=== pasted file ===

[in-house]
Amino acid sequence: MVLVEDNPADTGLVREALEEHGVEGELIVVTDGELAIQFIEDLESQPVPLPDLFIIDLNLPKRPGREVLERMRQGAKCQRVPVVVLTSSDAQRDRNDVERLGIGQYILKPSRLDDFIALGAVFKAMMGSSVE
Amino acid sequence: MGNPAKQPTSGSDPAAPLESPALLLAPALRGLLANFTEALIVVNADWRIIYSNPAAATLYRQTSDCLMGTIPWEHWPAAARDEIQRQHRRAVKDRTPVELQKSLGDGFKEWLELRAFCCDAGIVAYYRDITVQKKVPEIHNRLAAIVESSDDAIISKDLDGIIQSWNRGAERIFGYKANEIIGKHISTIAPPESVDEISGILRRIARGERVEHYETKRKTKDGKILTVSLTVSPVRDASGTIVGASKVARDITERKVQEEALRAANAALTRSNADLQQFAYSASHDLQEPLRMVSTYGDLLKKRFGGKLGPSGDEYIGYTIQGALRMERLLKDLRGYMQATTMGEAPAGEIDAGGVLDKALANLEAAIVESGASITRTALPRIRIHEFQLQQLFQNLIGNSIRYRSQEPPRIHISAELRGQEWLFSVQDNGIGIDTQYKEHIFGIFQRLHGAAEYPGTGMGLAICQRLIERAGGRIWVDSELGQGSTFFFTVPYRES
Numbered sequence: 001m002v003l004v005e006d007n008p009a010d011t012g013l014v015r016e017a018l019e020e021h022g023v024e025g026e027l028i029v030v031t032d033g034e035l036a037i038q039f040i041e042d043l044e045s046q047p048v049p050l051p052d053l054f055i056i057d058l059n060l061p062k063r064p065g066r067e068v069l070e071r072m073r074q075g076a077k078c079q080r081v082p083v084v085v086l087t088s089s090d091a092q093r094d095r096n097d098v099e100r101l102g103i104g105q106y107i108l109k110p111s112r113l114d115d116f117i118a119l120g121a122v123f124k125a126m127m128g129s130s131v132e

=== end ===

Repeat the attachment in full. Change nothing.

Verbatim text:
[in-house]
Amino acid sequence: MVLVEDNPADTGLVREALEEHGVEGELIVVTDGELAIQFIEDLESQPVPLPDLFIIDLNLPKRPGREVLERMRQGAKCQRVPVVVLTSSDAQRDRNDVERLGIGQYILKPSRLDDFIALGAVFKAMMGSSVE
Amino acid sequence: MGNPAKQPTSGSDPAAPLESPALLLAPALRGLLANFTEALIVVNADWRIIYSNPAAATLYRQTSDCLMGTIPWEHWPAAARDEIQRQHRRAVKDRTPVELQKSLGDGFKEWLELRAFCCDAGIVAYYRDITVQKKVPEIHNRLAAIVESSDDAIISKDLDGIIQSWNRGAERIFGYKANEIIGKHISTIAPPESVDEISGILRRIARGERVEHYETKRKTKDGKILTVSLTVSPVRDASGTIVGASKVARDITERKVQEEALRAANAALTRSNADLQQFAYSASHDLQEPLRMVSTYGDLLKKRFGGKLGPSGDEYIGYTIQGALRMERLLKDLRGYMQATTMGEAPAGEIDAGGVLDKALANLEAAIVESGASITRTALPRIRIHEFQLQQLFQNLIGNSIRYRSQEPPRIHISAELRGQEWLFSVQDNGIGIDTQYKEHIFGIFQRLHGAAEYPGTGMGLAICQRLIERAGGRIWVDSELGQGSTFFFTVPYRES
Numbered sequence: 001m002v003l004v005e006d007n008p009a010d011t012g013l014v015r016e017a018l019e020e021h022g023v024e025g026e027l028i029v030v031t032d033g034e035l036a037i038q039f040i041e042d043l044e045s046q047p048v049p050l051p052d053l054f055i056i057d058l059n060l061p062k063r064p065g066r067e068v069l070e071r072m073r074q075g076a077k078c079q080r081v082p083v084v085v086l087t088s089s090d091a092q093r094d095r096n097d098v099e100r101l102g103i104g105q106y107i108l109k110p111s112r113l114d115d116f117i118a119l120g121a122v123f124k125a126m127m128g129s130s131v132e